IRON

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WHAT IS IRON?

Iron (Fe) is a metallic chemical element and has the atomic number 26.

Iron proteins are found in all living organisms including humans. It is iron that gives our blood its red colouring.

 

Iron has the longest history of discovery and exploration of all the micronutrients,

 

The  heme proteins hemoglobin, myoglobin and cytochrome P450 are inorganic compounds using iron.

 

Free iron is highly toxic in the body and can lead to excessive cell damage because of iron’s catalytic effect on the formation of free radicals.

 

Ferritin is a protein that binds iron and releases it in a controlled way.

In our cells iron storage is carefully regulated by transferrin a blood plasma glycoprotein. Transferrin absorbs iron from our upper intestine and also collects it from macrophages (our bodies’ garbage collectors) . Transferrin binds iron and carries it in the blood delivering it to tissues throughout our bodies.

 

Iron uptake is highly regulated in our bodies because our bodies have no way of excreting iron although we do lose a small amount through mucous expulsion and skin sloughing.

 

 

THE JOURNEY 

JOURNEY-FOR-IRON

 

 

 

WHAT DOES IRON DO FOR US?

 

Iron is key to our metabolism and is an essential part of hundreds of proteins including enzymes.

 

Heme (iron containing compound) is an essential component of:

 

1. Cytochromes – Electron Transport and Energy Metabolism

Cytochromes are one of the compounds that are critical to our cells for energy transport in the mitochondria.  The mitochondria are responsible for converting nutrients into energy through the electron transport chain.  The electron transport chain transports electrons in a sequence that generates ATP (adenosine triphosphate) which is the storage unit for energy in our cells.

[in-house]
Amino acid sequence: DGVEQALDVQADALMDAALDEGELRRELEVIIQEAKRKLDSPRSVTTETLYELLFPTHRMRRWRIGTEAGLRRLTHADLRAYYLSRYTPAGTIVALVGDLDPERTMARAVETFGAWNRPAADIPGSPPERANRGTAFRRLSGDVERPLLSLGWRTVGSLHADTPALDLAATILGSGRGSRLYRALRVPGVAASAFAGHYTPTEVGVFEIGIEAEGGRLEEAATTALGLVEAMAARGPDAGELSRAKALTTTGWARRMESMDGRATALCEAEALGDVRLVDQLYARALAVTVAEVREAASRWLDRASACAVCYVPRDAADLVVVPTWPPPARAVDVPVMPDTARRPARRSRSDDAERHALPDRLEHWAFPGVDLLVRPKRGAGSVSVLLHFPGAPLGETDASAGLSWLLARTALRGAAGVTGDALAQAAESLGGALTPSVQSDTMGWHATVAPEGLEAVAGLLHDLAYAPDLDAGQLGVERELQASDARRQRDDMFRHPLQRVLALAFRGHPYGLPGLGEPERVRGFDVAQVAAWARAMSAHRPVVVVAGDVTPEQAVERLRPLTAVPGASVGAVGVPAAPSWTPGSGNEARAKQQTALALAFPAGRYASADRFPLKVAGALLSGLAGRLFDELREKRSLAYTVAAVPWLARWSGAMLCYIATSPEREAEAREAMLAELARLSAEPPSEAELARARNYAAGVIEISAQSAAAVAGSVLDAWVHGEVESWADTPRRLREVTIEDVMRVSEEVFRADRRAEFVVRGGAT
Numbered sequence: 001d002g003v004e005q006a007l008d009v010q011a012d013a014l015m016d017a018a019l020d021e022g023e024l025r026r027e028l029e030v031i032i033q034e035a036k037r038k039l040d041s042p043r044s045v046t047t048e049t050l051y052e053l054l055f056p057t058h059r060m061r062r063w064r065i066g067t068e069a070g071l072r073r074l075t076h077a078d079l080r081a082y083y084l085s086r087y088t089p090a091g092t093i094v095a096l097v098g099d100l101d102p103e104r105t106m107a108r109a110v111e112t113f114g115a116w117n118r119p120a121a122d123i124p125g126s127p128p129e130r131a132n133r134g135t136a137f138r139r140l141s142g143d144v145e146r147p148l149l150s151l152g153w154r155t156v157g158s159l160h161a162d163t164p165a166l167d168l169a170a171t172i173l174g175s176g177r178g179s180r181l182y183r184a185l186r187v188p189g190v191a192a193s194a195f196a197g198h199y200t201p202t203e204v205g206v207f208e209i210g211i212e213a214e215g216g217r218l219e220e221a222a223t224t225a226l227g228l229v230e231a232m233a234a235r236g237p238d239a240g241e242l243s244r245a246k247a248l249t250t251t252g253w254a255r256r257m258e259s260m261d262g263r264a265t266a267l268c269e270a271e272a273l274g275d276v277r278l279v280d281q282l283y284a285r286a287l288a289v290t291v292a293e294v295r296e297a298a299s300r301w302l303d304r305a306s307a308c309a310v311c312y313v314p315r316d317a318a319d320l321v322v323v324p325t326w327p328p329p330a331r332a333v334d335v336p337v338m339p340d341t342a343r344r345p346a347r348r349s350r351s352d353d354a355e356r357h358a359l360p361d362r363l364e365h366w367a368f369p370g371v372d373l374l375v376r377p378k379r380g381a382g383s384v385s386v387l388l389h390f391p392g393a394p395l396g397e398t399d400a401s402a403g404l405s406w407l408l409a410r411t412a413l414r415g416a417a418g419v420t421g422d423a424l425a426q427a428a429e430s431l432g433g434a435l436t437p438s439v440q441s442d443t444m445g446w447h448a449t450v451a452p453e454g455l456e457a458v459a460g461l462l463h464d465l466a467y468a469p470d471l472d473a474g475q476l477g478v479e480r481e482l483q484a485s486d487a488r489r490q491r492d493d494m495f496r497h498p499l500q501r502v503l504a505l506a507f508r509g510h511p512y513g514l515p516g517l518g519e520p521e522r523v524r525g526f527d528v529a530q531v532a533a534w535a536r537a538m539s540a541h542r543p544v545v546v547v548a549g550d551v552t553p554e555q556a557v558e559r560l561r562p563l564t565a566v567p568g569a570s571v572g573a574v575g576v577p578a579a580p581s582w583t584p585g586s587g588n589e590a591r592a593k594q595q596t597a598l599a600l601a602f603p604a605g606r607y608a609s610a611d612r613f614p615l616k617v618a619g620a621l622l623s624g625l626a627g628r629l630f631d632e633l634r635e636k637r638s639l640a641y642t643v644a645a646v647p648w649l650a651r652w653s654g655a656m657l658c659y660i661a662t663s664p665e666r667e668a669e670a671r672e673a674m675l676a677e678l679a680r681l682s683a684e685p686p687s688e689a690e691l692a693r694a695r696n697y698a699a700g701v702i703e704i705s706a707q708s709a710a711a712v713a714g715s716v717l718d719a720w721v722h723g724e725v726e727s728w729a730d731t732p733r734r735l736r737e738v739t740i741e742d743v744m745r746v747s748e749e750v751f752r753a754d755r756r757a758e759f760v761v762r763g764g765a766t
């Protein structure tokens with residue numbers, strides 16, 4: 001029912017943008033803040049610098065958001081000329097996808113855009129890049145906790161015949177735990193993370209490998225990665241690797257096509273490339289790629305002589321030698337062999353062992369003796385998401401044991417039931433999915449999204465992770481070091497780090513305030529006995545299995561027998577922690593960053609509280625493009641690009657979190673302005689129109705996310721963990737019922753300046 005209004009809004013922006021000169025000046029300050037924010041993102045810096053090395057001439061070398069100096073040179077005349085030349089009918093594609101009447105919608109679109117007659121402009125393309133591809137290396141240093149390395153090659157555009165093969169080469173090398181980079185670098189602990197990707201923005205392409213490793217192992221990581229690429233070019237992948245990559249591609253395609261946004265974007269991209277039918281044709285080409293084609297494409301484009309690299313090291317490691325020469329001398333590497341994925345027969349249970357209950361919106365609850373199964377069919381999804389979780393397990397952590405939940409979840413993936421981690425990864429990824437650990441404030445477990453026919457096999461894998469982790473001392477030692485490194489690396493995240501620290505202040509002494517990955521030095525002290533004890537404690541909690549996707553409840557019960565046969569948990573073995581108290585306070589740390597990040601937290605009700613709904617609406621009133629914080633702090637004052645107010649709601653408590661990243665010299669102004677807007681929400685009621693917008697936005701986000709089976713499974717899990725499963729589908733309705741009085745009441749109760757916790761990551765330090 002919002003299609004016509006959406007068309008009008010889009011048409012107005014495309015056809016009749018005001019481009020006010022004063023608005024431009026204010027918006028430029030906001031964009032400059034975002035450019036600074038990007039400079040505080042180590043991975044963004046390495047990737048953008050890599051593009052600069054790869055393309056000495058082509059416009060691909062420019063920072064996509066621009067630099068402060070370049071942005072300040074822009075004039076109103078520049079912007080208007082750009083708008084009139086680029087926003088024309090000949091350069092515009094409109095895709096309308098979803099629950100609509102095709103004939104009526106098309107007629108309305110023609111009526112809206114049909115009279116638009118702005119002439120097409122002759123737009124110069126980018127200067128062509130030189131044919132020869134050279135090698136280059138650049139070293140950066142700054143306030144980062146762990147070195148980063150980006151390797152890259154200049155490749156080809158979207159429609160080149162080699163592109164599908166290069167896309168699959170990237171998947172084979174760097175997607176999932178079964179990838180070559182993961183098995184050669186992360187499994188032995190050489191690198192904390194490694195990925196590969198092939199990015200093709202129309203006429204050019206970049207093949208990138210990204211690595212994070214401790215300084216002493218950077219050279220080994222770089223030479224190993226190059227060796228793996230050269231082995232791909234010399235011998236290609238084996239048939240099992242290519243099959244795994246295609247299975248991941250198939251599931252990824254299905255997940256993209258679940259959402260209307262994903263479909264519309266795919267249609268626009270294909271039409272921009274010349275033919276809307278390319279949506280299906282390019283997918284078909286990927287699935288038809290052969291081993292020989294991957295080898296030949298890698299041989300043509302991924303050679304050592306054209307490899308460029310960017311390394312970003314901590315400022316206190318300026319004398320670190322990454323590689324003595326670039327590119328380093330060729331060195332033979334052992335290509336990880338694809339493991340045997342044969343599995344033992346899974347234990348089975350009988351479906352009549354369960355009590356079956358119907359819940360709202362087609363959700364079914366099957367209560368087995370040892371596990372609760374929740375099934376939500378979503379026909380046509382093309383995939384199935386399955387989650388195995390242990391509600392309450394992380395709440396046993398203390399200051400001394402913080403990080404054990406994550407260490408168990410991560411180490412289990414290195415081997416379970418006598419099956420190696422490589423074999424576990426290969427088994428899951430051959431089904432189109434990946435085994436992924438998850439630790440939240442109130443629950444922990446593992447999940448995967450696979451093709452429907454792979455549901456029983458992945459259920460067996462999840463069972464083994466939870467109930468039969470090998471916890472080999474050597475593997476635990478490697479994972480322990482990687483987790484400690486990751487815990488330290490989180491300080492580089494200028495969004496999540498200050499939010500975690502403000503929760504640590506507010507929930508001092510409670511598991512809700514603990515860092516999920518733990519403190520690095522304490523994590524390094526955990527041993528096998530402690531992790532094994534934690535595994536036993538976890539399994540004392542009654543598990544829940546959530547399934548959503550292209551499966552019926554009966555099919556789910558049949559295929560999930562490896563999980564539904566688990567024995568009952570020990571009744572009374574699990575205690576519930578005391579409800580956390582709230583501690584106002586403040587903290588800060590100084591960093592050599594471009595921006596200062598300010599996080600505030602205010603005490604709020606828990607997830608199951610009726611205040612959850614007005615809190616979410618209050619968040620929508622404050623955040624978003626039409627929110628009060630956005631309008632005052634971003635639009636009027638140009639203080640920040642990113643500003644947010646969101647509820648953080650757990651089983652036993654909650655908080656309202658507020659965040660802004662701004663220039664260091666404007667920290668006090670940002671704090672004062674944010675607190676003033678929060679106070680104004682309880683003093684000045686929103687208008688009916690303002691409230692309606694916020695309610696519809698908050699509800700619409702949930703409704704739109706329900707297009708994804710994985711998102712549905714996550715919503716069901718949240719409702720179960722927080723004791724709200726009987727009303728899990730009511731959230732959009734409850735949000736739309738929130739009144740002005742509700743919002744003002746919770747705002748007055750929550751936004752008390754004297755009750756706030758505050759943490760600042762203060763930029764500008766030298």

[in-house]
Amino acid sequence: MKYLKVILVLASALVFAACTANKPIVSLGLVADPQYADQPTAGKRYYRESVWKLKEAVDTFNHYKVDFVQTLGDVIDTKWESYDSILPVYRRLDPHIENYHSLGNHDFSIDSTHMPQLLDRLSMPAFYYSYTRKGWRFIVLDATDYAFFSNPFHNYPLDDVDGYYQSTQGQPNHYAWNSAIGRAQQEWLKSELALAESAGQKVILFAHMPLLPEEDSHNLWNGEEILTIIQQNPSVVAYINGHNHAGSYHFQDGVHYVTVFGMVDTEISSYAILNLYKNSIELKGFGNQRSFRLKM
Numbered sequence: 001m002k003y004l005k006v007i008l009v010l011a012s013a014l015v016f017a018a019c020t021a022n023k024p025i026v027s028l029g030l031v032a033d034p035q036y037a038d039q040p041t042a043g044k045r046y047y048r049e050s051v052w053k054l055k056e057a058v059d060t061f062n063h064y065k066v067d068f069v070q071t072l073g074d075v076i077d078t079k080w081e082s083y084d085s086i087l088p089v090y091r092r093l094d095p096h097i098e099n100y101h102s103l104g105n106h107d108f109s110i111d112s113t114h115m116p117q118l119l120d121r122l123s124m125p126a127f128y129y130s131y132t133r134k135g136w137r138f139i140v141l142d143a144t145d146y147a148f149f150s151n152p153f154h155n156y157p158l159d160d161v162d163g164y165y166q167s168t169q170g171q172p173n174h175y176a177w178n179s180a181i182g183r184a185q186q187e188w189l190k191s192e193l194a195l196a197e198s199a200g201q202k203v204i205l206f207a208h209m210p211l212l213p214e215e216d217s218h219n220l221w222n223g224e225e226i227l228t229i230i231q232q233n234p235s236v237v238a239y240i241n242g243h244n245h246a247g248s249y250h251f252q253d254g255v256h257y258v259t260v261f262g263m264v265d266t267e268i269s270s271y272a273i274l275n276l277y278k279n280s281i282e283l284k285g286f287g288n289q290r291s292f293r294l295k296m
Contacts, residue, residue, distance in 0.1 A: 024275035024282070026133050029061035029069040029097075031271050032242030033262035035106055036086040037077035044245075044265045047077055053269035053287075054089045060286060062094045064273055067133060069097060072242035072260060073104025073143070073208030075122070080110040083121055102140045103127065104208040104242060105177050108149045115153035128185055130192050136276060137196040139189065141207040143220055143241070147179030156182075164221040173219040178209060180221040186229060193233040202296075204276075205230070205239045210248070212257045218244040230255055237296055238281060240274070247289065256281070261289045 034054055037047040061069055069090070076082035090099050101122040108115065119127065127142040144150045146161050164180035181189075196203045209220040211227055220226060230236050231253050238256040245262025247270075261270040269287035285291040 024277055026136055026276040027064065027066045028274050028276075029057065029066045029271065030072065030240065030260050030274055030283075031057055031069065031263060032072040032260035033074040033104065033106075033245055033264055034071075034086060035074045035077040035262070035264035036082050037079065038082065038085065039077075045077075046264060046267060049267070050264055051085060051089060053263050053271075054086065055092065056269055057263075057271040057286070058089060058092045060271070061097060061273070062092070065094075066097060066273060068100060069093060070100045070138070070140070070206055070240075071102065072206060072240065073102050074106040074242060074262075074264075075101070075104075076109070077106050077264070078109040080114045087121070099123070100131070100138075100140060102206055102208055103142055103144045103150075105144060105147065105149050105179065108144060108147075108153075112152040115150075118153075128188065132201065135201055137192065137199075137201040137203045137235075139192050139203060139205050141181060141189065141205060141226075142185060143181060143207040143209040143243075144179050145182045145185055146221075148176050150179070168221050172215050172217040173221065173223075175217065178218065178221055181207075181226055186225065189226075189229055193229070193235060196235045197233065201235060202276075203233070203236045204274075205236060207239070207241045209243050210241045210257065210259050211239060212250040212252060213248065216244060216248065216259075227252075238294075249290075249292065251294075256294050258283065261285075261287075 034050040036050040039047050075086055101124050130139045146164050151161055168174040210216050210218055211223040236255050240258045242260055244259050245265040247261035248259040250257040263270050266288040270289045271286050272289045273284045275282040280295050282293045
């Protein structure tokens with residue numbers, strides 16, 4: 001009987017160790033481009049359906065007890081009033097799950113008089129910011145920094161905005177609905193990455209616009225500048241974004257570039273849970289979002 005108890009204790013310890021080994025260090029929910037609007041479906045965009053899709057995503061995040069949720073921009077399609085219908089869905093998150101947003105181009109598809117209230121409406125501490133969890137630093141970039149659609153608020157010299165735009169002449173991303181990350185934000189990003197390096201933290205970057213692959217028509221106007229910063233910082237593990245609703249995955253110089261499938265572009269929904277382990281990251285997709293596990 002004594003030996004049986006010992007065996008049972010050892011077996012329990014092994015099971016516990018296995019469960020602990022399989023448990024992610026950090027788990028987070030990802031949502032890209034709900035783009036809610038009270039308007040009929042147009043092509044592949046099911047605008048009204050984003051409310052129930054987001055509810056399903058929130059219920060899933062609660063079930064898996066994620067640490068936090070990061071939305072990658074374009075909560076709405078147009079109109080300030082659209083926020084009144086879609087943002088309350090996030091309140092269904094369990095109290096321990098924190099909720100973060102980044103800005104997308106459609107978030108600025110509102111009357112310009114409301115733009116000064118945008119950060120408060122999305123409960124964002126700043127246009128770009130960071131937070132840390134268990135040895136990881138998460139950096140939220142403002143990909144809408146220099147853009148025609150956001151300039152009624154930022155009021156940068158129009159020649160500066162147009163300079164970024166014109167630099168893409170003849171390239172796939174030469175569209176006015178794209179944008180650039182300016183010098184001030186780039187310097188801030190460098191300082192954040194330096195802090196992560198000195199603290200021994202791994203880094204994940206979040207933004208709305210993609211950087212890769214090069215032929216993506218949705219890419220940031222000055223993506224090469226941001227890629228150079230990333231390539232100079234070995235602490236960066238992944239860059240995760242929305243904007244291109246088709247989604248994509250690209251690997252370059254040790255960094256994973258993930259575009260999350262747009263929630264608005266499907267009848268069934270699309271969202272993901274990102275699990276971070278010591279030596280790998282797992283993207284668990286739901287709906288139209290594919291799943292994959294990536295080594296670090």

2Hemoglobin (an iron containing oxygen carrier protein) is responsible for Oxygen Transport that makes up about two thirds of our bodies iron content.  It is the most important protein in red blood cells and is used to transport oxygen from the lungs to the rest of the body.  It has the unique ability to get oxygen quickly from the lungs and then deposit it as needed as it circulates through the tissues.

 Myoglobin stores oxygen for short periods of time and transports it to the cells in our muscles as they demand it.

 

 

3. Antioxidant and Pro-Oxidant Function

a.Catalase and peroxidases set into motion a reaction that converts hydrogen peroxide to water and oxygen. Hydrogen peroxide can accumulate in our cells.  Reactive oxygen species (ROS) are oxygen containing chemicals that react with other molecules and change them in ways that are very damaging to our cells.  Peroxide is an ROS.  When Catalase and peroxidases convert peroxide they protect the cells from damage.

 

b. Myeloperoxidase is a heme containing enzyme that catalyzes things called neutrophils. Neutrophils create an ROS called hypochlorous acid which is used by white blood cells, as part of the immune system, to engulf bad bacteria in order to kill them, positive use for ROS.

 

Non-heme iron proteins:

1. Prolyl Hydroxylase – Oxygen Sensing Enzyme

When we are in a situation where we are not getting enough oxygen such as asthma or being at high altitudes something called hypoxia happens.  Hypoxia simply means a lack of oxygen.